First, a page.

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Wednesday, August 14, 2013

Risk assessments in the workplace

By Steve Smith

This article provides a 5 steps risk assesment guide that will help businesses understand the key areas that need to be assessed within the workplace. This 5 step risk assessment guide is not the only workplace risk assessment strategy that businesses can use, but it is a sensible way of going about managing and assessing risks.

After all, people are more likely to make a claim these days at their place of work and therefore, employers must be completely aware of the potential hazards that employees may face. 

How to carry out risk assessments in the workplace

Five steps risk assessment:
  • Identify any current/potential hazards
  • Identify those who are in danger of the hazards identified
  • Evaluate the risks and decide on the actions you need to take
  • Make sure you record  findings and implement any necessary changes or additions in accordance with rules and regulations
  • Carry out reviews on your assessment to ensure the safety of others
Businessess should never overcomplicate the risk assessment process; many do and there’s really no need to. Overcomplicating the risk assessment process can easily lead to mis-judgements and mistakes, which inevitably puts the owner and others at risk of accidents and injuries occuring in the workplace. 

One of the main methods to minimse workplace risks is through staff training; staff must understand any dangerous hazards that could perhaps harm them.

Many people get the wrong end of the stick when it comes to the perception of health and safety; health and safety rules and regulations are implemented to save peoples lives and to protect them in general from dangerous or potentially dangerous risks in the work place.

Small business owners

If you run a small business you may be confident enough to carry out the assessment by yourself. If you decide that you want to carry out the risk assessment yourself then make sure that you understand the policies and laws required.

On the other hand, if you are part of a larger business, you may need or feel more comfortable if you were to receive the help and assistance of a health and safety executive.

No matter what method you decide on when trying to ensure the safety of your employees and visitors, you should involve all of your staff or their representatives when carrying out the risk assessment. Staff can help you to understand exactly how their work is carried out and what it involves and therefore, will provide a more precise account. Be sure to remember that the risk assessment is solely your responsibility, not the members of staff.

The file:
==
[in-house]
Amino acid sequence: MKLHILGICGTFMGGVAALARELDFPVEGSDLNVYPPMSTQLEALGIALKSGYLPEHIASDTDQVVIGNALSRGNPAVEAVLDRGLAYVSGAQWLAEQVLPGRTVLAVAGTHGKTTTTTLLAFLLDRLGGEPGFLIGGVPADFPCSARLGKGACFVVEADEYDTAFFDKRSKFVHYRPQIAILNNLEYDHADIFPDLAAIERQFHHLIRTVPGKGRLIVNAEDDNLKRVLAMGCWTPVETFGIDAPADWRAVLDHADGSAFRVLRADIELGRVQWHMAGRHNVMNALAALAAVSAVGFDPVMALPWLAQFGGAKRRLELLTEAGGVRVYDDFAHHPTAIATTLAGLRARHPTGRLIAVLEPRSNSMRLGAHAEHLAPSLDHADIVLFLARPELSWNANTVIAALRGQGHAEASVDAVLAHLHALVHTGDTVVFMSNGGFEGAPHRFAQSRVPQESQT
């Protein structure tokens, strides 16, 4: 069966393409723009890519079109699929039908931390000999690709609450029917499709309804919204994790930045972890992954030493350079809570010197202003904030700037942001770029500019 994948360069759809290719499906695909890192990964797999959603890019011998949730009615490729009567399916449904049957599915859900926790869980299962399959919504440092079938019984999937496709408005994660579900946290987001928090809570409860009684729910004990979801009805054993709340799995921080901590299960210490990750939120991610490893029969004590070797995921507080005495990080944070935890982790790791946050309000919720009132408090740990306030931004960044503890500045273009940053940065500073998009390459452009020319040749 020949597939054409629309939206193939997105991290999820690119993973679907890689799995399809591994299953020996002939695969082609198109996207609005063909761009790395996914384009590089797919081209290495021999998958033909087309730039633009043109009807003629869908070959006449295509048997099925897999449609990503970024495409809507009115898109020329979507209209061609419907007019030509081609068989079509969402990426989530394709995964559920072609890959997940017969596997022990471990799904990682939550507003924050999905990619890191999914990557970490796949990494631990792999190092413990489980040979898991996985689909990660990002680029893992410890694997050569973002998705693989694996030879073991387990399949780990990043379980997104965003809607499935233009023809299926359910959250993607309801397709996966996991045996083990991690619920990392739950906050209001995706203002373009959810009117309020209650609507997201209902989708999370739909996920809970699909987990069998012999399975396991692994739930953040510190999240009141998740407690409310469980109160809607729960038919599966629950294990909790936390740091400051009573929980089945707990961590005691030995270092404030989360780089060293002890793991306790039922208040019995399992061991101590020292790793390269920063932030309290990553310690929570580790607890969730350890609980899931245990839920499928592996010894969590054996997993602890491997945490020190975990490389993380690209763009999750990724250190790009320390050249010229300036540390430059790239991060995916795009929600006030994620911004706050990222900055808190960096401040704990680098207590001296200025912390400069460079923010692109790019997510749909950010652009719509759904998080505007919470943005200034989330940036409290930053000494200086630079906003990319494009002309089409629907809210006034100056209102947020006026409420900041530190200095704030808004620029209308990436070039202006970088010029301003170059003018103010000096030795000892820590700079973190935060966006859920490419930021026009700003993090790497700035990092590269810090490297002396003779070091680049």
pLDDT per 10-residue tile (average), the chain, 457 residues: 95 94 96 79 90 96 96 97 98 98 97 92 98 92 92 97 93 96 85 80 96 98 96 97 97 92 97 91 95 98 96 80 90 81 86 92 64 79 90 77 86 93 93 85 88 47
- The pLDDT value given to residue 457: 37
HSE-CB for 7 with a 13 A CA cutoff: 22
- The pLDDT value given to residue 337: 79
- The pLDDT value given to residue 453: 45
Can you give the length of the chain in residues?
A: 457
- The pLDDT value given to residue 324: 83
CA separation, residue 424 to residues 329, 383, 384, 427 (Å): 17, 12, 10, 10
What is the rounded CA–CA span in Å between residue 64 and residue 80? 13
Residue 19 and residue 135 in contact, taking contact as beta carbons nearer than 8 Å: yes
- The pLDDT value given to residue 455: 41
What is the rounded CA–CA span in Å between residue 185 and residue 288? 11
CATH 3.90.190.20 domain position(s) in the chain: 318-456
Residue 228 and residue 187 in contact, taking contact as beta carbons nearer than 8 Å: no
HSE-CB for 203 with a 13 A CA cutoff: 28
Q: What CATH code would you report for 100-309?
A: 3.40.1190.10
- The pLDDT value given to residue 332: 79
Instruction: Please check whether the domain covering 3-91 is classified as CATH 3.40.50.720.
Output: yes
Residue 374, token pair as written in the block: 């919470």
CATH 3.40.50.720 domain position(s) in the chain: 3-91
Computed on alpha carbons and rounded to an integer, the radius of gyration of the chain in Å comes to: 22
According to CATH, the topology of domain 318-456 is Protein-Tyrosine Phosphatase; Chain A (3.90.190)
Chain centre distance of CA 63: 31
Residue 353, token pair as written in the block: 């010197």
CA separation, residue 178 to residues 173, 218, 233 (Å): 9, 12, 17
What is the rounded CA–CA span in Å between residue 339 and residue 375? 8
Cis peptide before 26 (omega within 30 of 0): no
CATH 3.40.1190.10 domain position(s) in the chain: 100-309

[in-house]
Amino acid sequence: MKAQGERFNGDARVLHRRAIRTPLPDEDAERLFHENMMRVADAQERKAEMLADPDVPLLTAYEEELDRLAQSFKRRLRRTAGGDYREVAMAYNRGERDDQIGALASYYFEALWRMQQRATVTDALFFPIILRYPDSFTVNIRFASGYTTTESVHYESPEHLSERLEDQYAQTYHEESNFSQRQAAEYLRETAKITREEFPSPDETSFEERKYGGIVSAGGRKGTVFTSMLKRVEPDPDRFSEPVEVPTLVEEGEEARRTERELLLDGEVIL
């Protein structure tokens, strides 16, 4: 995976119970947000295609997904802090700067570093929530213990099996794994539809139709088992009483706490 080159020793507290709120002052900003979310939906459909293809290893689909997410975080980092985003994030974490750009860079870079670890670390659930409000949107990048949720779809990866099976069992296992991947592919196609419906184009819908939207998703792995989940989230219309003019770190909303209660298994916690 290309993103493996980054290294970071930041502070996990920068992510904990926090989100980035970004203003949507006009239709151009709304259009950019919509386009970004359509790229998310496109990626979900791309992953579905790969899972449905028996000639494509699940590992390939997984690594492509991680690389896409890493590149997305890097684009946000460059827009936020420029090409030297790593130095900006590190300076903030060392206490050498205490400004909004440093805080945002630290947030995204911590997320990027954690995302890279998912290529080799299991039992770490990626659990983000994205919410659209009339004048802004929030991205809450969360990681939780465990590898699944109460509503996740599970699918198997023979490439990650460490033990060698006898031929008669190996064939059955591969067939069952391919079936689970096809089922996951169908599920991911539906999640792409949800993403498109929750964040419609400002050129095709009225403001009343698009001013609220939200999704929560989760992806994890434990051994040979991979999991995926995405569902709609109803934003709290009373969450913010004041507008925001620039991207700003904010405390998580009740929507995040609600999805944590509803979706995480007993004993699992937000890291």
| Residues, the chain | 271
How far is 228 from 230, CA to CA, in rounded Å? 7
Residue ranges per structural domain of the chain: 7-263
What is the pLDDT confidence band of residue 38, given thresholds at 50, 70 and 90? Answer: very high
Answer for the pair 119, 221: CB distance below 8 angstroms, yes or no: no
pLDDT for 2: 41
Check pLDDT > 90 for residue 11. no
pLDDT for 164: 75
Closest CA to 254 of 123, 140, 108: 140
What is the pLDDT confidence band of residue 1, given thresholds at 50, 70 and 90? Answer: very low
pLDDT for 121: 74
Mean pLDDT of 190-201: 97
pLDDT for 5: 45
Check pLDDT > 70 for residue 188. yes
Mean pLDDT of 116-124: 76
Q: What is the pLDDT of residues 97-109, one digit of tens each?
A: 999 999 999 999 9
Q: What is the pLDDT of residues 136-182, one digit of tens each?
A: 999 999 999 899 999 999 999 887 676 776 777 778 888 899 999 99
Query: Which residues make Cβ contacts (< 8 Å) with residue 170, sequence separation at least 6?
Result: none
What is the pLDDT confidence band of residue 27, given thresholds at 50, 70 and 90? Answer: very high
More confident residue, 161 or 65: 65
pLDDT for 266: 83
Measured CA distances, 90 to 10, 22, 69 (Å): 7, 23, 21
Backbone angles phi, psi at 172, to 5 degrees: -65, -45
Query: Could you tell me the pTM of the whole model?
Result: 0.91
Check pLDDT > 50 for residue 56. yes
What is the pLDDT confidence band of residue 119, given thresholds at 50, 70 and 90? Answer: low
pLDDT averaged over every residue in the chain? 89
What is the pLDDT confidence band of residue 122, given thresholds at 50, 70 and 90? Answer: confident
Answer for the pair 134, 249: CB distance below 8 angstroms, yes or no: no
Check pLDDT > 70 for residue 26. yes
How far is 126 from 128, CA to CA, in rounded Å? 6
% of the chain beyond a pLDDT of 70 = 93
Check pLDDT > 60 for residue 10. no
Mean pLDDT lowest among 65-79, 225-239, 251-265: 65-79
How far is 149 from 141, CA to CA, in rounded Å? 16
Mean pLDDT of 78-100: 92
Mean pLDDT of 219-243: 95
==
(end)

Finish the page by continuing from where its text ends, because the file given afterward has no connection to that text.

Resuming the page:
Remember the following two points and you won’t go far wrong:

Look for any potential hazards – a hazard is anything that could cause harm to others; electricity, having to climb ladders, electricity and so forth.

Measure the risk factor – look at the possibilities, high or low, that a person(s) could be harmed by the hazards identified and other hazards, and identify the seriousness that hazard could cause.

Health and safety continued…

Common sense

Many think that health and safety rules and regulations have gone too far and is true in some cases, in others Health and Safety is just used as a convinient scapegoat. However, there comes a time when people need to use commonsense as well as the fixed health and safety regulations and this isn’t just aimed at business owners, but staff need to do their bit as well t make the working environment safer.

Most of the potential risks within a workplace can be avoided just through staff using common sense, however, some just don't have it. In addition, you must ensure that the company is protected from  being prosecuted in the case of an accident. Teaching staff about the health and safety aspects relevant to the industry in which they work does help to minimise the risk of staff having an accident. 

About the author: Steve Smith is an expert in the industry and has worked with several professional Health and Safety Competent Person for over 2 decades. Steve has provided a vast amount of advice and information to businesses.

* Images: Author owned and licensed